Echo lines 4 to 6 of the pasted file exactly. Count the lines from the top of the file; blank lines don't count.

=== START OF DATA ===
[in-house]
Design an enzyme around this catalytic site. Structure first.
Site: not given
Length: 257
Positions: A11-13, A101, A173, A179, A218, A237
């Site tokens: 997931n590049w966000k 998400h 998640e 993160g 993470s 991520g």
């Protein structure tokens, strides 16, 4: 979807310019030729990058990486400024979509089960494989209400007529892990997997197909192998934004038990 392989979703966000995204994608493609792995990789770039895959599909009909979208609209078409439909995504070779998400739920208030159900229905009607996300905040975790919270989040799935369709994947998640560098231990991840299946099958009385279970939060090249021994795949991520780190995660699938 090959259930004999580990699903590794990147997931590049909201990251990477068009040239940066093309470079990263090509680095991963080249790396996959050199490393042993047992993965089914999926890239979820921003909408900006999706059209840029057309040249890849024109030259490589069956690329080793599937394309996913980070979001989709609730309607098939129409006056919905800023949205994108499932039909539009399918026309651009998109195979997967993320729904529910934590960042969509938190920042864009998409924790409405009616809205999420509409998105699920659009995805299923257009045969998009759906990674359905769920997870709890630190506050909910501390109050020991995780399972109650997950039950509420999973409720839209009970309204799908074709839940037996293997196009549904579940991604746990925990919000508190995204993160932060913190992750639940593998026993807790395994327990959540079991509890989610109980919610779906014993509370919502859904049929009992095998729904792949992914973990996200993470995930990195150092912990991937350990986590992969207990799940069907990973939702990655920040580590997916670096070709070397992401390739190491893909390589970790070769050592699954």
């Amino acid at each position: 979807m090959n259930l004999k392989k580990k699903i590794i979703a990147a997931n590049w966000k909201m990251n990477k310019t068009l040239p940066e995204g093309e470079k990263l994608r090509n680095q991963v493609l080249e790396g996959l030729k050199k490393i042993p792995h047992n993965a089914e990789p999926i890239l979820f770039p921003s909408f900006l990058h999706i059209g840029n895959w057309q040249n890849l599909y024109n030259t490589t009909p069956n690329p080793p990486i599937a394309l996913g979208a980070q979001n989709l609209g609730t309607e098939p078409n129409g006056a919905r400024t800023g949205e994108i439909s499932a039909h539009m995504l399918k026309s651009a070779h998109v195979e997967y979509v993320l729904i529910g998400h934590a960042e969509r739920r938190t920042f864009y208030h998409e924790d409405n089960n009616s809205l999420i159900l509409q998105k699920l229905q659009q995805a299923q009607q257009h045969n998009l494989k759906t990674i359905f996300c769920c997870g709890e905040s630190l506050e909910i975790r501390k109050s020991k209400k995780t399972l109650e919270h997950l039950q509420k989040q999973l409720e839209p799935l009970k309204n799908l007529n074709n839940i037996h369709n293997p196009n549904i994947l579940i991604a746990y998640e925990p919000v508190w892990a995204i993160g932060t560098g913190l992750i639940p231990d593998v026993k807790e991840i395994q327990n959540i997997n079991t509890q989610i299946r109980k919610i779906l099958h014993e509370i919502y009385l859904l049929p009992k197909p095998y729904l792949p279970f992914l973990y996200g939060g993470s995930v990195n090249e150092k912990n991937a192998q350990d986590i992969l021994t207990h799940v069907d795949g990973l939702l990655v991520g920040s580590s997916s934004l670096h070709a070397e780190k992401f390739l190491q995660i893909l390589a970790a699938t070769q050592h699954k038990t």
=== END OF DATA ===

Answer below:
Length: 257
Positions: A11-13, A101, A173, A179, A218, A237
């Site tokens: 997931n590049w966000k 998400h 998640e 993160g 993470s 991520g």